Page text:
[Dt99jay] lives in a historic Victorian-era district in the UK. Most homes in the area have ornate exterior window dressings with stone consoles holding up heavy stone hood molding.
The window hood molding turned out to be wood — most likely the result of damage repaired after the blitzkrieg bombings of WWII. The 1940’s era work is now rotting away, so it was time for a repair. When the hood was pulled away from the window, disaster struck. One console completely crumbled, while the other lost large chunks of material. The They weren’t solid stone after all, but replacements most likely molded with Coade stone.
There are no ready replacements for consoles like this. [dt99jay] couldn’t just swap them out for modern looking replacements, so he set about replicating the consoles. The remaining console was much too delicate to remove from the building, so [dt99jay] glued the missing pieces back on. He then filled any missing parts and carefully scraped way all the loose paint. Then came the difficult part — making a mold while the console was still mounted on the house.
Room Temperature Vulcanizing (RTV) silicone rubber was carefully applied to the console. The RTV is thick enough to stay on while it dries. After several thick layers of RTV, the console was covered. [Dt99jay] then covered the mold with plaster of Paris bandages to support it. The finished mold was carefully removed from the house, and [dt99jay] filled all the low spots and air bubbles with RTV.
New castings were made using a mixture of cement and playground sand. Once painted, the results matched perfectly. The historic conservation committee was pleased, and the window was once again structurally sound.
Staking and potting are not often used in the hobby electronics world, not really entering to the common vernacular. However, everyone who’s ever busted out a glue-gun to convince that dang wire that keeps coming loose to stay has done it.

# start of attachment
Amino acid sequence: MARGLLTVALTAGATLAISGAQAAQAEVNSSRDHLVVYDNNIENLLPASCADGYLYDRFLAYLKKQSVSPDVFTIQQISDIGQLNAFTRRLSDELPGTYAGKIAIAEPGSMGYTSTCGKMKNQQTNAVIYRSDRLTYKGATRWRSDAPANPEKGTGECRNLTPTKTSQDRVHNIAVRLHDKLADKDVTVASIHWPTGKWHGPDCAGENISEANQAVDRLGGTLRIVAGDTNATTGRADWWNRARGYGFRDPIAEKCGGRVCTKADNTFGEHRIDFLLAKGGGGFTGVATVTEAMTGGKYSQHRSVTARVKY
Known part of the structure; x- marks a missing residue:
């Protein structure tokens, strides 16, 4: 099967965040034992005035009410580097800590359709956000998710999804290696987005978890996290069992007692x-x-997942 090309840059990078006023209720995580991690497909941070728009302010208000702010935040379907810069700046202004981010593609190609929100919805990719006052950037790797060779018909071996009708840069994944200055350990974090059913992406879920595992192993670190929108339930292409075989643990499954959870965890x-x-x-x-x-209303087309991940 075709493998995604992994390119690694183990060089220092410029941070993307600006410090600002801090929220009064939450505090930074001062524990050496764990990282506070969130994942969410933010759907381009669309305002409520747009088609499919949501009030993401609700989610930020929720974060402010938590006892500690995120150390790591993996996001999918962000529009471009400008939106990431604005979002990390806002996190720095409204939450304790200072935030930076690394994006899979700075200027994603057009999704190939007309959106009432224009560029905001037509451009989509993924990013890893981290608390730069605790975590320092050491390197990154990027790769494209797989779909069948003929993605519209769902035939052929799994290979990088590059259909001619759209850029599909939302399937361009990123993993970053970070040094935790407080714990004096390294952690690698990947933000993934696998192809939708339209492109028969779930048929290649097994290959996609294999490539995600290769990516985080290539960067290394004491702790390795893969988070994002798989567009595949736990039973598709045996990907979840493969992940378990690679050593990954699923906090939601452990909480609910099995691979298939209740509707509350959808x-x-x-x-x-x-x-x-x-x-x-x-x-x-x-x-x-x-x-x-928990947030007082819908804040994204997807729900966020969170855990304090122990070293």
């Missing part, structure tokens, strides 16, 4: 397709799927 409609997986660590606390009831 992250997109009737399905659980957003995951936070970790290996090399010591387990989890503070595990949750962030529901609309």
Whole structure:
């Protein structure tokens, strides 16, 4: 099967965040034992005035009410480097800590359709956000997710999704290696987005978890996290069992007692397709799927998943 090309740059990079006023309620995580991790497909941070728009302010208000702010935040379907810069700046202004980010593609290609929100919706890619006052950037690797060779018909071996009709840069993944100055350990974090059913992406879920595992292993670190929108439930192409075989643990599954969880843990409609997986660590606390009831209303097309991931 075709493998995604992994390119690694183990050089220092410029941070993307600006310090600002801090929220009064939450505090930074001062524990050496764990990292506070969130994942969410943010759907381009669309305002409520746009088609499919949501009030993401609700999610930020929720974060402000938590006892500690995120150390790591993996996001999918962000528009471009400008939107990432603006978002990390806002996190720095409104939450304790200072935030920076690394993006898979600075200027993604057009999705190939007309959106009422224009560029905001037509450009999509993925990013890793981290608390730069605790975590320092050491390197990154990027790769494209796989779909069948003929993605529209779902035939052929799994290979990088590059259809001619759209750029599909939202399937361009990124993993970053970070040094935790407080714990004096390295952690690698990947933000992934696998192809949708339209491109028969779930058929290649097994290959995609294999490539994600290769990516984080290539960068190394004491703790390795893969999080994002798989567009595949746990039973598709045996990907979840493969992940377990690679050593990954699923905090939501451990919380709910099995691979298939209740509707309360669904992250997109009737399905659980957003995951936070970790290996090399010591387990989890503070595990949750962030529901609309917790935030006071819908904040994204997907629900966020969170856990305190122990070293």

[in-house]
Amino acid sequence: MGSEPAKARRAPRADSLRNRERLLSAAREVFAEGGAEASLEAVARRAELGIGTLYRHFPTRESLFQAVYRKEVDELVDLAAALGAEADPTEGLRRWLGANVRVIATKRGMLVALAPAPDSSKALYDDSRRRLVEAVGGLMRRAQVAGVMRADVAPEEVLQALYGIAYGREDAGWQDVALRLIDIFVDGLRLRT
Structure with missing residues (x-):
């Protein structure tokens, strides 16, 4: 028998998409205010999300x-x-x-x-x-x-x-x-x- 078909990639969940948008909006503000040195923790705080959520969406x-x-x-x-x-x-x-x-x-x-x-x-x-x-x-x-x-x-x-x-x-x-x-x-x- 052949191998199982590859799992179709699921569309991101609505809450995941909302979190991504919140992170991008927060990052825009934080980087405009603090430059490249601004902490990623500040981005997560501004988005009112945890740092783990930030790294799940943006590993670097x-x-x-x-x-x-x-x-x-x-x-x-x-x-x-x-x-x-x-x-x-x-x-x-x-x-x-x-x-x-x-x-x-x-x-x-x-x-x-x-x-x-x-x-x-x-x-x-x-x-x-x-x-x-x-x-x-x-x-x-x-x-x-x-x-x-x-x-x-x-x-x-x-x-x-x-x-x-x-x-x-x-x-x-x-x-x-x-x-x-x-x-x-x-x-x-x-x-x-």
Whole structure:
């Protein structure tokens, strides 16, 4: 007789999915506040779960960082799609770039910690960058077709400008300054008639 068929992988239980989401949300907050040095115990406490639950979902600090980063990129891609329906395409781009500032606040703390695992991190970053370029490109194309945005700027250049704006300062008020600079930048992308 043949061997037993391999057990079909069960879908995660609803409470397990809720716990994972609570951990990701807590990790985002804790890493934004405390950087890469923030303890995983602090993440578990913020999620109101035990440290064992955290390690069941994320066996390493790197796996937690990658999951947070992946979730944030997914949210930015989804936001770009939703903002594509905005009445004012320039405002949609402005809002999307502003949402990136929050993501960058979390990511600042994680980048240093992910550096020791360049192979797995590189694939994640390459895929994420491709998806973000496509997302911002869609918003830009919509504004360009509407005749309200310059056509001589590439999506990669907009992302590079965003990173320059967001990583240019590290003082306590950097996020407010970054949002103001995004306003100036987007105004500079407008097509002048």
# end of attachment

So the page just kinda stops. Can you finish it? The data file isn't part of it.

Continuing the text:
However, as [Sean Thomas] touches on, staking is not necessarily as easy as a dob of hot glue. There is a method to the madness. [Sean] gives some examples in pictures, but also directs people to the excellent NASA standard methods for staking. It’s surprising how many unintuitive caveats there are to the proper technique.
Potting, or covering everything in epoxy forever, is a great way to get a waterproof, unserviceable, and practically mechanically invincible circuit. The big challenge in potting is picking the right material. A soft silicone, for example, might transfer an unexpected force to an unexpected section of the circuit and cause a mechanical failure. A nice hard epoxy may be too insulating and cause a thermal failure. The standard RTV from the big box store has acetic acid that will eat your components.
These two techniques that come in handy when you need them and worth the bit of reading it takes to get familiar. Have you used either in your own workshop? Let us know the application and the material/techniques you have tried in the comments below.
This set of white RepRap parts were created in molds, instead of being printed by another RepRap. [Mark A. Ganter] of the University of Washington admits that this breaks the idea of a 3D printer that is self-replicating. But the molds – which were created by tweaking Prusa Mendel parts to be mold friendly – have the ability to produce every plastic part necessary to build your own RepRap and they can do it much faster. Once the molds were completed [Mark] and his students were able to produce a full set of parts in just 30 minutes, cutting as much as 14 hours off of the time it would have taken to print the parts. Still not convinced? How about this: the molds can be created by a 3D printer or by using a high-resolution power printing method like they have here.
The process starts by printing master parts, then creating a silicone RTV mold from them. Once the molds are ready, [Mark’s] team pours polyurethane into them and waits for it to harden. They plan to share the STL files in less than a week so that you can make your own molds to use to build your RepRap army.